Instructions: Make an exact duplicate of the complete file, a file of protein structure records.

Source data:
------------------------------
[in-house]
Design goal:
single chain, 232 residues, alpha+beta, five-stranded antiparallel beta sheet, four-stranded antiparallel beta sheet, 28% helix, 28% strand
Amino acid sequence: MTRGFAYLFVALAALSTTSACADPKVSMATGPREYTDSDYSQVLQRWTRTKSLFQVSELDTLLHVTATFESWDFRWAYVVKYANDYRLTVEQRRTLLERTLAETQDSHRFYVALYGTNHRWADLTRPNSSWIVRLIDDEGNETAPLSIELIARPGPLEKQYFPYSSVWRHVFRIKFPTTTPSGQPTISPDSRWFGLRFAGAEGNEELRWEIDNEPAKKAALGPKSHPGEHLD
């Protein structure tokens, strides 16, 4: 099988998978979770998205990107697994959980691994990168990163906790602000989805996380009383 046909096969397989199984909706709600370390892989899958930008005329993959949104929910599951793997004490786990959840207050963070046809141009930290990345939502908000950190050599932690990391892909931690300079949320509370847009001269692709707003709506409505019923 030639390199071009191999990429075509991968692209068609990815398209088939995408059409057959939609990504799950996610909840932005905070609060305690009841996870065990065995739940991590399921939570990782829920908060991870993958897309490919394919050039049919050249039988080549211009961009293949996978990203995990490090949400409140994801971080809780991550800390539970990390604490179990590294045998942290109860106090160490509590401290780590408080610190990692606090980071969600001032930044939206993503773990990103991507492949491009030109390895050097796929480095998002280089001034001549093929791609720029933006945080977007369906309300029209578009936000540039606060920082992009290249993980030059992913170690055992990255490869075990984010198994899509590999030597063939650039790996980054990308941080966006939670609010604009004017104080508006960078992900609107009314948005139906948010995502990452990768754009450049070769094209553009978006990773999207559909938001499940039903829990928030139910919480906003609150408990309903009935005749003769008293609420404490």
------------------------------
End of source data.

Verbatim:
[in-house]
Design goal:
single chain, 232 residues, alpha+beta, five-stranded antiparallel beta sheet, four-stranded antiparallel beta sheet, 28% helix, 28% strand
Amino acid sequence: MTRGFAYLFVALAALSTTSACADPKVSMATGPREYTDSDYSQVLQRWTRTKSLFQVSELDTLLHVTATFESWDFRWAYVVKYANDYRLTVEQRRTLLERTLAETQDSHRFYVALYGTNHRWADLTRPNSSWIVRLIDDEGNETAPLSIELIARPGPLEKQYFPYSSVWRHVFRIKFPTTTPSGQPTISPDSRWFGLRFAGAEGNEELRWEIDNEPAKKAALGPKSHPGEHLD
């Protein structure tokens, strides 16, 4: 099988998978979770998205990107697994959980691994990168990163906790602000989805996380009383 046909096969397989199984909706709600370390892989899958930008005329993959949104929910599951793997004490786990959840207050963070046809141009930290990345939502908000950190050599932690990391892909931690300079949320509370847009001269692709707003709506409505019923 030639390199071009191999990429075509991968692209068609990815398209088939995408059409057959939609990504799950996610909840932005905070609060305690009841996870065990065995739940991590399921939570990782829920908060991870993958897309490919394919050039049919050249039988080549211009961009293949996978990203995990490090949400409140994801971080809780991550800390539970990390604490179990590294045998942290109860106090160490509590401290780590408080610190990692606090980071969600001032930044939206993503773990990103991507492949491009030109390895050097796929480095998002280089001034001549093929791609720029933006945080977007369906309300029209578009936000540039606060920082992009290249993980030059992913170690055992990255490869075990984010198994899509590999030597063939650039790996980054990308941080966006939670609010604009004017104080508006960078992900609107009314948005139906948010995502990452990768754009450049070769094209553009978006990773999207559909938001499940039903829990928030139910919480906003609150408990309903009935005749003769008293609420404490």